He's tracing patterns in spilled beer on the tabletop.  "I know
how upset Scully was when I first came back and I seemed so
distant to her, and to everyone else.  I just couldn't quite
believe what had happened to me.  I kept looking for the trap
door, for Cancerman behind the curtain, for everyone to melt
into green goo.  Sometimes I wake up expecting to find myself
strapped in that fucking chair again."

Definitely post-traumatic stress, Skinner thinks.  He asks,
"Does Dana know about this?  Are you seeing anyone for it?"

"Yeah, to both," Mulder says.  "Look, I don't mean to burden you
with all of this.  I know why I feel this way, we just haven't
figured out yet how to make it stop.  Maybe it won't ever stop."

"I don't think you can let yourself think that, Mulder," Skinner
tells him.  "I have some experience with post-traumatic stress.  
Do you remember a story I told you, a long time ago?"

Mulder finally looks up at him and nods slowly.  Skinner  thinks
that maybe Mulder had forgotten that story, told so long ago, at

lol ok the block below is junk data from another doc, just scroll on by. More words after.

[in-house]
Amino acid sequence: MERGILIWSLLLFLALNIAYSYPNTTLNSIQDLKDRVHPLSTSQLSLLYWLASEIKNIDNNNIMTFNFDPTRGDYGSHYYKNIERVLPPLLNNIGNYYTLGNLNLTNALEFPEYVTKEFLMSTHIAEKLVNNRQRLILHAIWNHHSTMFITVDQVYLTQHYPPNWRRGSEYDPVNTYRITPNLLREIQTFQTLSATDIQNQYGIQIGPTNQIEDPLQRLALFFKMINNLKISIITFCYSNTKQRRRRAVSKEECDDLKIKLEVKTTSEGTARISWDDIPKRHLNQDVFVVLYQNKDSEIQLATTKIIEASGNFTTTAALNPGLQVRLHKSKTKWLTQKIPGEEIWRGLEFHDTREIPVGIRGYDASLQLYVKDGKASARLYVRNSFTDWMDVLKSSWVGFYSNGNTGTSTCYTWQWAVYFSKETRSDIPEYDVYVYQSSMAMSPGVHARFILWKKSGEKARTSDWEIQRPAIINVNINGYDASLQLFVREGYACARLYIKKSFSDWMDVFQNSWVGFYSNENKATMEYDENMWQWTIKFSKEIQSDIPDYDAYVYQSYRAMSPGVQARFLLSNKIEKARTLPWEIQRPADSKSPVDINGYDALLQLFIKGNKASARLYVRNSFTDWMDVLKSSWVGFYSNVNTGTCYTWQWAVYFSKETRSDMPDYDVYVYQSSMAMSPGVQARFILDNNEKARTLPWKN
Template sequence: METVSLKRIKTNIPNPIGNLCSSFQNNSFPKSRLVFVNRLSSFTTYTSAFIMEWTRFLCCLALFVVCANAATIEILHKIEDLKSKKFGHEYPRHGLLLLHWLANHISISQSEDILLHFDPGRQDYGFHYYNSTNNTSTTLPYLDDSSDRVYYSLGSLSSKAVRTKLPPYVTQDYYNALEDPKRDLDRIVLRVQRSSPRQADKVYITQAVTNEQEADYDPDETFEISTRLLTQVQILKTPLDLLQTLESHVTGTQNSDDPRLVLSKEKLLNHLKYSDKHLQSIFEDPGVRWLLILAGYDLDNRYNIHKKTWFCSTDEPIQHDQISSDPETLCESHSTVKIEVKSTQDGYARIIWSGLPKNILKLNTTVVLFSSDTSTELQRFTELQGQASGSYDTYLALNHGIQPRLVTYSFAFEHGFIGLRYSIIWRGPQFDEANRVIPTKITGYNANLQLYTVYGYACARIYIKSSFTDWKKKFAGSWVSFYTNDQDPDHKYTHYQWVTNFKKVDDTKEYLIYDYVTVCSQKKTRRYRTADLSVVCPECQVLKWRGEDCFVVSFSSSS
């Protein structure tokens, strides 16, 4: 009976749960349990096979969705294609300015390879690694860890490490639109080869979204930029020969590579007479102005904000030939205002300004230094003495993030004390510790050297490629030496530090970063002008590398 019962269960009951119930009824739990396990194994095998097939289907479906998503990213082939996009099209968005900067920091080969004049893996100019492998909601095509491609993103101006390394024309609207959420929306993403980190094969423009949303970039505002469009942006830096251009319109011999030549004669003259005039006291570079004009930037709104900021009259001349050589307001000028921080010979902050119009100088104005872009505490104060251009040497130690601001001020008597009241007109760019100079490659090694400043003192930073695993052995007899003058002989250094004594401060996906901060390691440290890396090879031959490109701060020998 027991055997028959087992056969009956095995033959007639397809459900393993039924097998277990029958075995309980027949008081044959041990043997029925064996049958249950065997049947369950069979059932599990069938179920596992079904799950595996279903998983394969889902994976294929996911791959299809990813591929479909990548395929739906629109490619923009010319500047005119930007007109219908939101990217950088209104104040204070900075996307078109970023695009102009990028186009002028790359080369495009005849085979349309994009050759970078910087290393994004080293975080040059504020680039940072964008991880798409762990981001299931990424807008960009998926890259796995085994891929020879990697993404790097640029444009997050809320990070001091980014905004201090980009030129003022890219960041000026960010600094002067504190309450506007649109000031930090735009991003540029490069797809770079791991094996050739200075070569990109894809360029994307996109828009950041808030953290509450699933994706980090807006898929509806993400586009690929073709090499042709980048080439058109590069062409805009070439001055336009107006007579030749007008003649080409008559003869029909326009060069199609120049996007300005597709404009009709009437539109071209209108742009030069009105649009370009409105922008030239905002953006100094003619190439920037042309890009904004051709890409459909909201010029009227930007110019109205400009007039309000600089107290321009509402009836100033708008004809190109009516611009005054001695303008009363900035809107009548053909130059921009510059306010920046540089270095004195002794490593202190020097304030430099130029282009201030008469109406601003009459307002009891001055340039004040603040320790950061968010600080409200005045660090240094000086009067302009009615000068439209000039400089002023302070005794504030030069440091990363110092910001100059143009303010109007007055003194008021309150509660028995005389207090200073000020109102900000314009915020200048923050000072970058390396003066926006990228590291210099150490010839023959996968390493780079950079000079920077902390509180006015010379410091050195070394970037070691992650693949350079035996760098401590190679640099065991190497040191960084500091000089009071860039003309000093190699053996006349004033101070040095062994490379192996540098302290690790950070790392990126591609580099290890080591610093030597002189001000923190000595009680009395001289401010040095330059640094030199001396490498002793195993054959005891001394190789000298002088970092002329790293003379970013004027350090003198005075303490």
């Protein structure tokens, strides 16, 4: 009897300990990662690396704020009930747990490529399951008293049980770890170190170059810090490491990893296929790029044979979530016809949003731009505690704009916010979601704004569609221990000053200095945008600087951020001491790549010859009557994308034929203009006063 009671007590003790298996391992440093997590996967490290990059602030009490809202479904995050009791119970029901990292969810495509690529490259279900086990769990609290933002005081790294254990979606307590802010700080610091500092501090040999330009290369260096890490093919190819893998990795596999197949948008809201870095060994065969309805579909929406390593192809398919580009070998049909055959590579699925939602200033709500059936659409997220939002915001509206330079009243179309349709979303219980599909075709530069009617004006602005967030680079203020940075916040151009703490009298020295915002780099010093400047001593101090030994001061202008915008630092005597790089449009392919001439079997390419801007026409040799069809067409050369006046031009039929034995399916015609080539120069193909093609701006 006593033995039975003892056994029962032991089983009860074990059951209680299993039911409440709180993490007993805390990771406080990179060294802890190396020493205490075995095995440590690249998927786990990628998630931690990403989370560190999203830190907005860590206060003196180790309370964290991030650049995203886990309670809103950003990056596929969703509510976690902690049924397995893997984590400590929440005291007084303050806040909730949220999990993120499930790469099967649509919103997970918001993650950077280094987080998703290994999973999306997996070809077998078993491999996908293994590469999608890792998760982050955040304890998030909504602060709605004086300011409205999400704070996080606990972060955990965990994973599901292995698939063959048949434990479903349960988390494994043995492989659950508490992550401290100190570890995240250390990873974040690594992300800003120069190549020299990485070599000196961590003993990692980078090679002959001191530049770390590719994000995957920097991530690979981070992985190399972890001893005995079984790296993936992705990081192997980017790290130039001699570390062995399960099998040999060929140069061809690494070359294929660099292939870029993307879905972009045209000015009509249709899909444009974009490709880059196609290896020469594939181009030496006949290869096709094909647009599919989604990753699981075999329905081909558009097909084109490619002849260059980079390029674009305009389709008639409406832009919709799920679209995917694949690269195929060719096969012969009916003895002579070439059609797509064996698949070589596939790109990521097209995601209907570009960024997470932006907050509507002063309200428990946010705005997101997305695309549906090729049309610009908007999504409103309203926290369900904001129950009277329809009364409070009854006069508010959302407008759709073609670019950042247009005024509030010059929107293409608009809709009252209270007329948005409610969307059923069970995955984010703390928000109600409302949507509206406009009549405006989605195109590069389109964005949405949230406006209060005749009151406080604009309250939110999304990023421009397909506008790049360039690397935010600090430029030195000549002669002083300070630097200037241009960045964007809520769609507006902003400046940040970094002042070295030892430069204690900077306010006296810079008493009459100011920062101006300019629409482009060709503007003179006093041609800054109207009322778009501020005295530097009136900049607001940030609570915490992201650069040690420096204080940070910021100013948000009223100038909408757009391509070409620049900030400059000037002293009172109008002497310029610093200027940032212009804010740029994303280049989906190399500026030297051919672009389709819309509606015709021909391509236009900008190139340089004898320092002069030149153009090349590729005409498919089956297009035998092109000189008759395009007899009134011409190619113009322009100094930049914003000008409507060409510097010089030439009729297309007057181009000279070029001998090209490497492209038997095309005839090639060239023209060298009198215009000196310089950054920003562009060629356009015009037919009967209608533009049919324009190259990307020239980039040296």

another crisis point in his life.  Maybe he just hadn't absorbed
its full impact at that time.  So much more has happened to all
of them since then.

Skinner goes on, carefully.  "I told you that I didn't want to
look beyond that experience, and it's true, in a sense.  But I
did finally seek professional help."

When he did, it was too late to save his marriage to Sharon, but
at least it finally helped him to sleep nights.

"It will get better, Mulder," Skinner tells him.  "Sometimes it
takes a long time, but it will get better.  I'm sure Dana has told
you the same thing."  He chooses his next words carefully and says
them slowly, as if he could snatch them back if Mulder's reaction
is bad.  "I don't mean to pry, but she has to have had some similar
reactions to her own experiences?"

Mulder merely nods.  "Yeah, in fact we made a pact that if I went
in for therapy, she had to, too.  It's really awful when we both
have nightmares, and then Will has one, as well.  In fact, I've
begun to wonder if ours set his off, sometimes."  Mulder shakes
his head.  "Some normal life, huh?"

"It's what I said before, Mulder," Skinner tells him.  "It's just
life."  He signals for another round.  "It's what you make of it,"
he adds.

Mulder nods.  His expression looks a little lighter.  "Thanks," he
says quietly.

"Don't mention it," Skinner replies.  After a couple of minutes,
they start to rehash that afternoon's game, and somber atmosphere
dissipates.  But Skinner feels like he's been let into the closed
circle just a little.

Later, when Skinner drives Mulder home, Mulder asks him in to say
hello to Scully.

Wonderful cooking smells assail them as they enter the house.